I don't know the answer thats for sure, and especially when you know that the Jumpbox appliance is running with the QEMU hardware emulator on Xen, as it's not para-virtualized! Emulators as I'm sure you know are not supposed to be that fast.

I think I'm going to chat to Jumpbox about this, as it really does seem odd. The only thing that may have affected the performacne is the fact that I had to migrate the appliance to ESX format from Server format, but surely once this process is completed the virtual image should be good to go.

Thursday 19 November 2009

Google Chrome OS is alive and open to the community to develop

I sat and watched the webinar this evening that launched Google Chrome OS into the wild at Google's headquarters in California.The news about their new web centric operating system is very good indeed, and they truly have thought the concept through.

Now, I'm sure the open source community will take this rough diamond and turn it into a beautiful gem, but what has already been shown is interesting enough. The system is building upon the great work of many very successful open source projects like the Linux kernel, Ubuntu, Moblin, Webkit and of course Chromium. Once the system is booted and running, you wouldn't notice a difference between running the Chromium browser in full screen mode, which I'm doing now to type this. It is this envelope use of the browser to drive the whole experience which is new and cutting edge.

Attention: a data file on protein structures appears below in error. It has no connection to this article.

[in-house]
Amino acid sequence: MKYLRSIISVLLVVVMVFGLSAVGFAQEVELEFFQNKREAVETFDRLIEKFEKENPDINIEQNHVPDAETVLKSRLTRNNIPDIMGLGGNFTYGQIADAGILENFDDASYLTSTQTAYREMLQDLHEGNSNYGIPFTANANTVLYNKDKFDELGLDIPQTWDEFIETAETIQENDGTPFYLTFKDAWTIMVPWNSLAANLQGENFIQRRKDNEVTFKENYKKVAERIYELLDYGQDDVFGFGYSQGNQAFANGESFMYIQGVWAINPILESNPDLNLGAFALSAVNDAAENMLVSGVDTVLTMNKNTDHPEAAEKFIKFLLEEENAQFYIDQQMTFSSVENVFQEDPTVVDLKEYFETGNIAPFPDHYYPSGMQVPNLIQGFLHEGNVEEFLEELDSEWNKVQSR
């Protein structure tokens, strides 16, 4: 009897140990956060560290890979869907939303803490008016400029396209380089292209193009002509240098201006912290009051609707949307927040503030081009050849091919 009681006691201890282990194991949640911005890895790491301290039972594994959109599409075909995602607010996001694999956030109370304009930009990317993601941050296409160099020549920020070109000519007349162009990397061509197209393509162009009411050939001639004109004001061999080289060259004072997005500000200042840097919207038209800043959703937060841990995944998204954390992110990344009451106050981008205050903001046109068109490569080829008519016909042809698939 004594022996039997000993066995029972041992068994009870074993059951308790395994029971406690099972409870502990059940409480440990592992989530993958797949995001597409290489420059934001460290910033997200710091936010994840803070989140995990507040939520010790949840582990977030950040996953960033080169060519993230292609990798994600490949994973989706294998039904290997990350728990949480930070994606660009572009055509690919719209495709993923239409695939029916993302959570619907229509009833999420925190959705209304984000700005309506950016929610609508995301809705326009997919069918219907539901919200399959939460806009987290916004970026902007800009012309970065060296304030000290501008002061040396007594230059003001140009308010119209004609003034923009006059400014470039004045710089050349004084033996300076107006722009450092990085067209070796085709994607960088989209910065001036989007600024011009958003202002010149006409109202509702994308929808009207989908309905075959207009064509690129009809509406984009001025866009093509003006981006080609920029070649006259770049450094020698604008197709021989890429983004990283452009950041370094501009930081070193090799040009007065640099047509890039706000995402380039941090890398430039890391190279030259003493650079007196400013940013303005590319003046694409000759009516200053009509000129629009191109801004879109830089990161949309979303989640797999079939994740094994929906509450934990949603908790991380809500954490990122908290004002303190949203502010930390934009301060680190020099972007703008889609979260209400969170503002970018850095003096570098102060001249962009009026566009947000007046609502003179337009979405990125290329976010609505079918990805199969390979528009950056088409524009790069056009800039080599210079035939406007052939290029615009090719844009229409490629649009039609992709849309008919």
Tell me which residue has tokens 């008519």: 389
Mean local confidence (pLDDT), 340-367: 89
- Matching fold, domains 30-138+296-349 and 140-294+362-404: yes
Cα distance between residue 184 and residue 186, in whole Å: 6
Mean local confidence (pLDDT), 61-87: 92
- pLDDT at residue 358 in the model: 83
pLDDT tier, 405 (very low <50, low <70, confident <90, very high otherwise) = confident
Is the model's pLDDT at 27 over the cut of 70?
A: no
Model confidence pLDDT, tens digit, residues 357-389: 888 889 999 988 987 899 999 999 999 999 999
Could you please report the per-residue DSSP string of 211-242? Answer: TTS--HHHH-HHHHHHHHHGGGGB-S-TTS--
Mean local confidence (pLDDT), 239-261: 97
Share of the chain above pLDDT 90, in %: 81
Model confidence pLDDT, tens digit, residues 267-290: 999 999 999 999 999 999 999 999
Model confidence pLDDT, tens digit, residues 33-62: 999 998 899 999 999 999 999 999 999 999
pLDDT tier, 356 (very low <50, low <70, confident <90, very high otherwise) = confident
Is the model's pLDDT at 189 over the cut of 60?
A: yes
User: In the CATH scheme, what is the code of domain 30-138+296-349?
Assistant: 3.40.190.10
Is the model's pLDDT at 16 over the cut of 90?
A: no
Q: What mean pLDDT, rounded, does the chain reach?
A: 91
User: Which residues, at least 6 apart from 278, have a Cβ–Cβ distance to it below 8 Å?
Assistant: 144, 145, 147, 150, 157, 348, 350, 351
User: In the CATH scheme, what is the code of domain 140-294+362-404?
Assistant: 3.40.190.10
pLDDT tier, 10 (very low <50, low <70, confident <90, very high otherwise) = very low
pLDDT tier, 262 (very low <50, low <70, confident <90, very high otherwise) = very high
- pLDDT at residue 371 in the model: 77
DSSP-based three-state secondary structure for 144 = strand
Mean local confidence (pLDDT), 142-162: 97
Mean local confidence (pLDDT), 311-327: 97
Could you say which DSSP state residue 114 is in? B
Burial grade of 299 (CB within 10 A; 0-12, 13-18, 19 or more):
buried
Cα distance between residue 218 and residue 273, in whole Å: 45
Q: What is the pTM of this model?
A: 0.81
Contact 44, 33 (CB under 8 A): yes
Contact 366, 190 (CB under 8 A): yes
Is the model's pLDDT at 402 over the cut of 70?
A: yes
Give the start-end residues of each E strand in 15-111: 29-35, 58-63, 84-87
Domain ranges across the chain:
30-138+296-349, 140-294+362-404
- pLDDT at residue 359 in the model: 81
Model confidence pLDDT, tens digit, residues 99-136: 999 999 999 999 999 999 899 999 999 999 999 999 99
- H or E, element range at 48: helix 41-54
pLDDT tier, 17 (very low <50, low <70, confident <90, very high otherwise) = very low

The new system will be free to download and install on any system, but is being aimed at a set of reference hardware that will have 100% compatibility out of the box , and is going to be offered by several major hardware manufacturers at launch.
This bringing together of the hardware and software offers major advantages, as Apple have found, so that the whole experience just works. They have also written there own BIOS, which again will work well with the other components.

Google have also thought long and hard about security which is designed into the system from the ground floor, with multiple layers of sandbox, to protect running applications, and the fact the OS checks for updates at boot. The speed to get to the browser has also been addressed and is a matter of seconds, so the whole suspend/hibernate cludge disappears in a cloud of blistering fast bits.